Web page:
The most popular sailing area in New Zealand is the 170 miles of the East coast north from the main city of Auckland, with the Bay of Islands being approximately in the centre of this region. While this section of coast is exposed to weather from the North and East, safe all weather harbours are seldom more than a few hours sail apart. This area includes Whangaroa Harbour, Poor Knights Islands, the Hauraki Gulf, and the western side of Great Barrier Island. This is New Zealand’s premier cruising ground, dotted with safe harbours and sheltered coves and our yachts are licensed to sail throughout this area.
The coast of New Zealand south of Auckland offers few opportunities for shelter.
The Bay of Islands is a compact body of water. It's just seven miles from our base in Opua to the nearest island anchorage and 9 miles more to Cape Brett at the southern extremity of the Bay. In this area are four main islands and numerous smaller ones. It is the most popular holiday sailing destination in New Zealand. Safe waters and variety make the Bay of Islands a sailing destination known world wide.
There will always be choice of sheltered anchorages: the four main islands offer many small coves with clean sandy beaches and the opportunity for a forest or grassland hike ashore. The area is rich in both European and Maori history: the earliest Polynesian settlers made it their home, Cook anchored here and named the bay, the first European missionaries chose the Bay of Islands as their base. It is much more than a place to sail.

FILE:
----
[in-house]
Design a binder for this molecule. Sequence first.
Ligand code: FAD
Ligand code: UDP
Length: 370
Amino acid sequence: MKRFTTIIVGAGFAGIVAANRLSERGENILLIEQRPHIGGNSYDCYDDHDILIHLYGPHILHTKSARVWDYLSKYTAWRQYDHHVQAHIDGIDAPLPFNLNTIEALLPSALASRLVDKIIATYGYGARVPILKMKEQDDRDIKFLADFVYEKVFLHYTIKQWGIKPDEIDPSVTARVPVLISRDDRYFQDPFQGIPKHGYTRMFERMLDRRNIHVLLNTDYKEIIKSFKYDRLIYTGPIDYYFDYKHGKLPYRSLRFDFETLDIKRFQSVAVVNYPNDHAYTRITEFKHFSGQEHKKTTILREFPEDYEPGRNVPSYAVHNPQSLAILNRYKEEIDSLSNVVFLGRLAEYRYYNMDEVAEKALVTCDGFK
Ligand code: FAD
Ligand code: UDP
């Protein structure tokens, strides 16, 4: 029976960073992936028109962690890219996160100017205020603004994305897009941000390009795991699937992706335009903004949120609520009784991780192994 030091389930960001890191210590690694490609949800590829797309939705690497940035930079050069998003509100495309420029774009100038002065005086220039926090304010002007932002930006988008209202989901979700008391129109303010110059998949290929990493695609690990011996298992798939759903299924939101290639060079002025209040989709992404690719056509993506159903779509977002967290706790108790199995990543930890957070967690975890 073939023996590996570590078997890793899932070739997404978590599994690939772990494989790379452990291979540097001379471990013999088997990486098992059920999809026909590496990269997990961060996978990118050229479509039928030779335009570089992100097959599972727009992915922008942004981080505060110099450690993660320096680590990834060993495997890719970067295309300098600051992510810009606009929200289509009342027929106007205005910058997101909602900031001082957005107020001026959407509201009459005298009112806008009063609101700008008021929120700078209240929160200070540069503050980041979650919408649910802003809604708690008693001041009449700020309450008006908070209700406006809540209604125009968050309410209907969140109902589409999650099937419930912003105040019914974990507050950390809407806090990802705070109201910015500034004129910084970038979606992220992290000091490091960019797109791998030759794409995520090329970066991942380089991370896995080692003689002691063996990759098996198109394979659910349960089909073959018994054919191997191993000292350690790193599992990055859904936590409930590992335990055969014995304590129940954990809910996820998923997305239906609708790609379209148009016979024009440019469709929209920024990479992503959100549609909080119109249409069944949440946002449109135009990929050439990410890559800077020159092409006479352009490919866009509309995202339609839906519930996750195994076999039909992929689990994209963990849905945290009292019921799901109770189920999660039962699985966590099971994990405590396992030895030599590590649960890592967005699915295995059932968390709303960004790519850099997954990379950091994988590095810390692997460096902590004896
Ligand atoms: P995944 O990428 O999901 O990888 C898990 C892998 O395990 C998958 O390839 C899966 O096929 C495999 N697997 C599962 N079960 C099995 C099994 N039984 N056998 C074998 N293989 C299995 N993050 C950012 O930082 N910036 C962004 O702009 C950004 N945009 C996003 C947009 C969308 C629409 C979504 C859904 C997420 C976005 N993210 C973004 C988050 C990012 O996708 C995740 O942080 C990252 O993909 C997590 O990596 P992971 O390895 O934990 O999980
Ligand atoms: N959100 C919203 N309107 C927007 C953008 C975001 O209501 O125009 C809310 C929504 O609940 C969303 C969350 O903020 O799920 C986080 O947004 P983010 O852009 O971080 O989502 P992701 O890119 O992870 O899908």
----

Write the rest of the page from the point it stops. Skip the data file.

The quaint village of Russell (picture) and the resort town of Paihia have world class restaurants and cafes aplenty if your catch of the day doesn’t quite make it aboard.
And if you want to leave society behind you can have an island to yourself. A bareboat sailing charter gives you the opportunity to choose your own destination.
The Bay is famed for its dolphins and you will likely be visited by a friendly pod. The fishing is good; snapper being the favoured catch. Shellfish for the taking include scallops, mussels, and the native pipi.
Divers would want to sail to the world renowned marine reserve of the Poor Knights’ Islands south of the Bay, or dive on the wreck of the Rainbow Warrior – sunk by sabotage in 1985 - near the Cavalli Islands.
The waters outside the bay are known for game fish. Game fishing or dive charters can be arranged with local boat operators.
For those who wish to head further afield, the spectacular Whangaroa Harbour is a days sail north of the Bay and is a ‘must’ visit. Heading South there are numerous harbours and bays scattered along the 100 miles of coast between the Bay and Auckland. Those who wish to stretch the boat’s legs can experience the 50 mile open water sail to the rugged mountains of Great Barrier Island. One way voyages between the Bay of Islands and Auckland can be arranged.
Visitors from the Northern Hemisphere are often surprised at the unexploited nature of the cruising area. There are just two marinas between the Bay of Islands and Auckland and cruisers should provision accordingly.
It's possible to sail in New Zealand at any time of the year. Summer is the most popular time,and stretches from late November to the end of March, with day time temperatures around 23 degrees Celsius, and water temperatures between 19 and 23 degrees. However, fair weather prevails from October to the end of May. The shoulder seasons can be charming with fine weather and few other boats about. Winter nights are cold, but days often bring a stunning clarity of air and water.